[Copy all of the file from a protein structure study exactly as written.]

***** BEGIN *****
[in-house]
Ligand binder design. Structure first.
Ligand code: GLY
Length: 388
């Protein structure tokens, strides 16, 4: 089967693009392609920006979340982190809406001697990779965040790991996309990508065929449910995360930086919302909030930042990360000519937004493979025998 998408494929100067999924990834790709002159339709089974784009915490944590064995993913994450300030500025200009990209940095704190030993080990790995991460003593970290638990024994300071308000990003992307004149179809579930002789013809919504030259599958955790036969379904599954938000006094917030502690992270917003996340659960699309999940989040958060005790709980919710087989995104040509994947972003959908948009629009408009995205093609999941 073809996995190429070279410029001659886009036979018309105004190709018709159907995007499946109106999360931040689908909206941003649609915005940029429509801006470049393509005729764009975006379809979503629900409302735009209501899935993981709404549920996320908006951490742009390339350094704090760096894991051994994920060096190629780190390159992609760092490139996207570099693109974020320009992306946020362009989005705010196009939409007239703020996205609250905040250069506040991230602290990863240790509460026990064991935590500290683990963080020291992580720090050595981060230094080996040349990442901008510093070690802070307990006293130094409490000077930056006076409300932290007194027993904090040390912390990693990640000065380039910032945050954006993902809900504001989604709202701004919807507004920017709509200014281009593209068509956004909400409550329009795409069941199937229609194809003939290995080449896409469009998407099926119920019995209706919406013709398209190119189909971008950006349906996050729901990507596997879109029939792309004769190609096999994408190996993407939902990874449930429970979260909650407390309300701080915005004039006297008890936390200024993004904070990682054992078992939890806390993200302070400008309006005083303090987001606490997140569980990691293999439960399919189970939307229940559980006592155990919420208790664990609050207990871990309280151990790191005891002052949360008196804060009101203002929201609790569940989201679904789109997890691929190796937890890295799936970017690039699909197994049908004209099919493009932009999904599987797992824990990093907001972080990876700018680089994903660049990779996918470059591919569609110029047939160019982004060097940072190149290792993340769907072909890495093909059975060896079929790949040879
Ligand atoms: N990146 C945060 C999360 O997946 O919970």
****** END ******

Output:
[in-house]
Ligand binder design. Structure first.
Ligand code: GLY
Length: 388
């Protein structure tokens, strides 16, 4: 089967693009392609920006979340982190809406001697990779965040790991996309990508065929449910995360930086919302909030930042990360000519937004493979025998 998408494929100067999924990834790709002159339709089974784009915490944590064995993913994450300030500025200009990209940095704190030993080990790995991460003593970290638990024994300071308000990003992307004149179809579930002789013809919504030259599958955790036969379904599954938000006094917030502690992270917003996340659960699309999940989040958060005790709980919710087989995104040509994947972003959908948009629009408009995205093609999941 073809996995190429070279410029001659886009036979018309105004190709018709159907995007499946109106999360931040689908909206941003649609915005940029429509801006470049393509005729764009975006379809979503629900409302735009209501899935993981709404549920996320908006951490742009390339350094704090760096894991051994994920060096190629780190390159992609760092490139996207570099693109974020320009992306946020362009989005705010196009939409007239703020996205609250905040250069506040991230602290990863240790509460026990064991935590500290683990963080020291992580720090050595981060230094080996040349990442901008510093070690802070307990006293130094409490000077930056006076409300932290007194027993904090040390912390990693990640000065380039910032945050954006993902809900504001989604709202701004919807507004920017709509200014281009593209068509956004909400409550329009795409069941199937229609194809003939290995080449896409469009998407099926119920019995209706919406013709398209190119189909971008950006349906996050729901990507596997879109029939792309004769190609096999994408190996993407939902990874449930429970979260909650407390309300701080915005004039006297008890936390200024993004904070990682054992078992939890806390993200302070400008309006005083303090987001606490997140569980990691293999439960399919189970939307229940559980006592155990919420208790664990609050207990871990309280151990790191005891002052949360008196804060009101203002929201609790569940989201679904789109997890691929190796937890890295799936970017690039699909197994049908004209099919493009932009999904599987797992824990990093907001972080990876700018680089994903660049990779996918470059591919569609110029047939160019982004060097940072190149290792993340769907072909890495093909059975060896079929790949040879
Ligand atoms: N990146 C945060 C999360 O997946 O919970």